Macular Degeneration



Age-related macular degeneration (AMD) is the leading cause of blindness in the Western World. One in seven people over the age of 50 are at risk of developing Macular Degeneration.

Many people link deteriorating vision with aging, but for the greater majority of people poor vision in older age is unnecessary.

With AMD the central retina deteriorates, distorting close vision. The chance of developing AMD is much higher if it runs in your family. People may not realise they have AMD until central vision becomes affected, and while it cannot be cured, there is some treatment available if it is detected early.

Research conducted by the MD Foundation found that 40 per cent of people with the wet form of Macular Degeneration did not receive appropriate treatment because they accessed treatment too late. In 57 per cent of theses cases the delay was a result of being unaware of the symptoms or unknowingly linking the symptoms to something else.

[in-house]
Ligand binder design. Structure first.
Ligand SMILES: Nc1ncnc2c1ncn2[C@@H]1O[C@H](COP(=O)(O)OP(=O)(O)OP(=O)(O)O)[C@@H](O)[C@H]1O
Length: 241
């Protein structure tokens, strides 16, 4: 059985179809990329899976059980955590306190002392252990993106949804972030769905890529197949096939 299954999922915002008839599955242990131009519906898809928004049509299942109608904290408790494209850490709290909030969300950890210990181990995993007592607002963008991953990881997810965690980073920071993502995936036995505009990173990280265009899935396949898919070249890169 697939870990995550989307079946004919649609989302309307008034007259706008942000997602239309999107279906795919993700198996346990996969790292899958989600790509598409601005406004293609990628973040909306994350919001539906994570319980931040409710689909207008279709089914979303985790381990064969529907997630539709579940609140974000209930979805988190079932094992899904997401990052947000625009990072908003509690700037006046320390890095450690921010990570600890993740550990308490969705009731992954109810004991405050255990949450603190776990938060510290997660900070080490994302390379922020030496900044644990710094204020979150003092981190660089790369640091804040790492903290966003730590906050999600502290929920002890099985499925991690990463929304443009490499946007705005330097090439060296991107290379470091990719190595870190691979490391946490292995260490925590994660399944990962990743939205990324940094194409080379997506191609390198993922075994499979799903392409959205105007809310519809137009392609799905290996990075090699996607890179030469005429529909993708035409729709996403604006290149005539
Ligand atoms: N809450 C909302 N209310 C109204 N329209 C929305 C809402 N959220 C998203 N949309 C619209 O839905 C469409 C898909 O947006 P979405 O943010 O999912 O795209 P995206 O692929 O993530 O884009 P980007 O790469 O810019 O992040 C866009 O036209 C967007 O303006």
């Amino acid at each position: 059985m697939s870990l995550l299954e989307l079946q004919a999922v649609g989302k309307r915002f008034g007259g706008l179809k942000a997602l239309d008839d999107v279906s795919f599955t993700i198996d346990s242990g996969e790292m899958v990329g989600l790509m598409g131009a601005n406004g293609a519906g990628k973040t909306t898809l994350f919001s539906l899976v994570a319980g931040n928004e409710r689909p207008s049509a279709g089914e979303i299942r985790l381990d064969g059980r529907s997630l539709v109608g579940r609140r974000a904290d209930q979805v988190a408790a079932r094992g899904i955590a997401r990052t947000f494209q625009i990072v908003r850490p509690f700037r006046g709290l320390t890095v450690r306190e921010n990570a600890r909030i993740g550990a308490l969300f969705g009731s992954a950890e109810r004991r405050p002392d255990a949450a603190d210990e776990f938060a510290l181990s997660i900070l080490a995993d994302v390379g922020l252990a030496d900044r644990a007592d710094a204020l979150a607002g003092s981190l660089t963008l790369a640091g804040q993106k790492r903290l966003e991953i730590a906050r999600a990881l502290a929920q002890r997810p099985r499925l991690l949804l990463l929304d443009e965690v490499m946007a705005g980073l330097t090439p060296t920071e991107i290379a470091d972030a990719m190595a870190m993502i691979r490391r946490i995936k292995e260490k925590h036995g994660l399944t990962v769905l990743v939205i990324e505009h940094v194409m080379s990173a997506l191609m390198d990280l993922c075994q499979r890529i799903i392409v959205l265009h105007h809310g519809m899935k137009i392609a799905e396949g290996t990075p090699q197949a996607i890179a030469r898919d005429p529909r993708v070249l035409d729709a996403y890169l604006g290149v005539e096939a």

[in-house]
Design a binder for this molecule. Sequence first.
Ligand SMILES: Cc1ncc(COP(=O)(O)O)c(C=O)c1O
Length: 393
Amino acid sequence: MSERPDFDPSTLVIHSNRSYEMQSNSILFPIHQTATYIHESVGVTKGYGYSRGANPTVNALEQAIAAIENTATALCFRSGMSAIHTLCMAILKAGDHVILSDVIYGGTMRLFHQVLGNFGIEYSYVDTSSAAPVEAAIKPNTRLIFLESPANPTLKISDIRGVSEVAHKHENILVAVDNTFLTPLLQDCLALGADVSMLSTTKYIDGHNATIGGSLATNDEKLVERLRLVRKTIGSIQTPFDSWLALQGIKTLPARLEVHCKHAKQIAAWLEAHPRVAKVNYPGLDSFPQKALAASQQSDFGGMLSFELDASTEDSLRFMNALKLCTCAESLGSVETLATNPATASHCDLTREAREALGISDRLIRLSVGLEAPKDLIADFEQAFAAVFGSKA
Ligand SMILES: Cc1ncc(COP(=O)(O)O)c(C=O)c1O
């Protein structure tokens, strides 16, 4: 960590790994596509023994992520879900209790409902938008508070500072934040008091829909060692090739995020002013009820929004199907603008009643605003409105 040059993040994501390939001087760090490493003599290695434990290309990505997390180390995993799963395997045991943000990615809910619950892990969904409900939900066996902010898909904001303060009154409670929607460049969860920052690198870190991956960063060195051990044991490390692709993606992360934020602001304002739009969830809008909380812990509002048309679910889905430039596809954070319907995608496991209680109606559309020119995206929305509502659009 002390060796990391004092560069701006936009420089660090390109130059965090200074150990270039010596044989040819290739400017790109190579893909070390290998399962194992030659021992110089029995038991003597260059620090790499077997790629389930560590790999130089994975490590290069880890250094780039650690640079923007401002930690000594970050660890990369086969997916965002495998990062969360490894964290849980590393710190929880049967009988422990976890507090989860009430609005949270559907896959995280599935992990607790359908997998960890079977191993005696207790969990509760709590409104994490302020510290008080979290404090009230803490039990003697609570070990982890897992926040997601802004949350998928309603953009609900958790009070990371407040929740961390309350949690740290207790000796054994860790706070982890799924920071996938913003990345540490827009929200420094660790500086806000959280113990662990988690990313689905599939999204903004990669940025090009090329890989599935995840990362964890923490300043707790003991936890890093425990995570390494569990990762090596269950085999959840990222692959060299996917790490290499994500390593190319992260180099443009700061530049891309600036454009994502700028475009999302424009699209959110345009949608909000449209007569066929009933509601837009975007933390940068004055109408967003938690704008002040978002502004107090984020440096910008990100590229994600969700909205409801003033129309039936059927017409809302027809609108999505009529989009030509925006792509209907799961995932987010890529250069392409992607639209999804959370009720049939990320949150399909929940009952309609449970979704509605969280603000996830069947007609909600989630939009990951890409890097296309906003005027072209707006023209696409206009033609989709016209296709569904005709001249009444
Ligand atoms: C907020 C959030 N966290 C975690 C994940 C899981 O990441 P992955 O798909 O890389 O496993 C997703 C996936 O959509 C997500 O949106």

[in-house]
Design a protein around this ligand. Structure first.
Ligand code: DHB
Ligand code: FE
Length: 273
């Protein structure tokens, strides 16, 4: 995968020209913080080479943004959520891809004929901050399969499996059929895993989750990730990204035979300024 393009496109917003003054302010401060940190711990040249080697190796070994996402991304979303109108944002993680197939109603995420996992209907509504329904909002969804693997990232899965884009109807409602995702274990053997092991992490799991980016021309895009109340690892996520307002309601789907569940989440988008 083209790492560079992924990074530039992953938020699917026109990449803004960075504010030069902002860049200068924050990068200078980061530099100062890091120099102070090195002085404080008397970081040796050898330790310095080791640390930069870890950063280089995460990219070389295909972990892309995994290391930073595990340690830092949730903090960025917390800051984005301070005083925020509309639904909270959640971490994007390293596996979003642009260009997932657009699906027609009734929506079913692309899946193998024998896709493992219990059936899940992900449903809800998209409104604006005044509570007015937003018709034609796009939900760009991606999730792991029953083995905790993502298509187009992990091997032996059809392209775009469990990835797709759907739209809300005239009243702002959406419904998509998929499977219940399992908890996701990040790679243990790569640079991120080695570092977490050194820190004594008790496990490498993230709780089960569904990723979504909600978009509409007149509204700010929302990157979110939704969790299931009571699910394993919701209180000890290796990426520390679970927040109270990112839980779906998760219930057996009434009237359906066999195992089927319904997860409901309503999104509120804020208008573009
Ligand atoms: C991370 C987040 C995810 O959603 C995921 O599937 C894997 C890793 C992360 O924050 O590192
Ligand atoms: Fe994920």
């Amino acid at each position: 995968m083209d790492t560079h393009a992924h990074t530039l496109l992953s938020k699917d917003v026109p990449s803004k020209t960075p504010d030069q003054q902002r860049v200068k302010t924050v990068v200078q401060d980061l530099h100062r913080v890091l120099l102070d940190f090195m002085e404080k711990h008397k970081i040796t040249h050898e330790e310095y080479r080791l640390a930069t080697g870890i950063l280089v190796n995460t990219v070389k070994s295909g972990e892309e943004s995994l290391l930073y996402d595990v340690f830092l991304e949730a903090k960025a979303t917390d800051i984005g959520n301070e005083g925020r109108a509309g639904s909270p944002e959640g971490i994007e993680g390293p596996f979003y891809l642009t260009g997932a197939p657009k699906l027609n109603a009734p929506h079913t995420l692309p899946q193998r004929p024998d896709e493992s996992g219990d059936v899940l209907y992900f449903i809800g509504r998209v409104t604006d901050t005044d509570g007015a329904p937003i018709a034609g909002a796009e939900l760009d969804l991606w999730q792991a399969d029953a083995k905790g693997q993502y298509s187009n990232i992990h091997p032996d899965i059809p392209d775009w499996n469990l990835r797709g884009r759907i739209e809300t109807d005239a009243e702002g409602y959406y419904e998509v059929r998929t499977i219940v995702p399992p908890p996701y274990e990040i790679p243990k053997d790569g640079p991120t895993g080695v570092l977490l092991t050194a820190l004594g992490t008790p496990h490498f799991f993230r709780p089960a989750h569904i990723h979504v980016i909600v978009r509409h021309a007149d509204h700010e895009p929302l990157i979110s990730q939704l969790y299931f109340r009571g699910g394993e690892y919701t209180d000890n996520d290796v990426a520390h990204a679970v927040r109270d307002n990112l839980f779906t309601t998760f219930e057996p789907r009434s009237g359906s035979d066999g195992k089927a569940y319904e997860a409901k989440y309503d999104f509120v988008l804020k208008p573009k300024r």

Some of the common symptoms of Macular Degeneration are dark patches or empty spaces in your vision, difficulty in reading or doing activities which require fine vision, the distortion of straight lines (amsler grid), which are seen as wavy or bent, and difficulty in distinguishing objects in your central vision.

Regular eye examinations are the key for bettering the prospects for treatment.

To reduce the chances of developing Macular Degeneration, quit smoking, exercise regularly, eat a well balanced diet with fish, dark green leafy vegetables and nuts, and protect your eyes from UV rays.

Regular eye examinations are the key for bettering the prospects for treatment.


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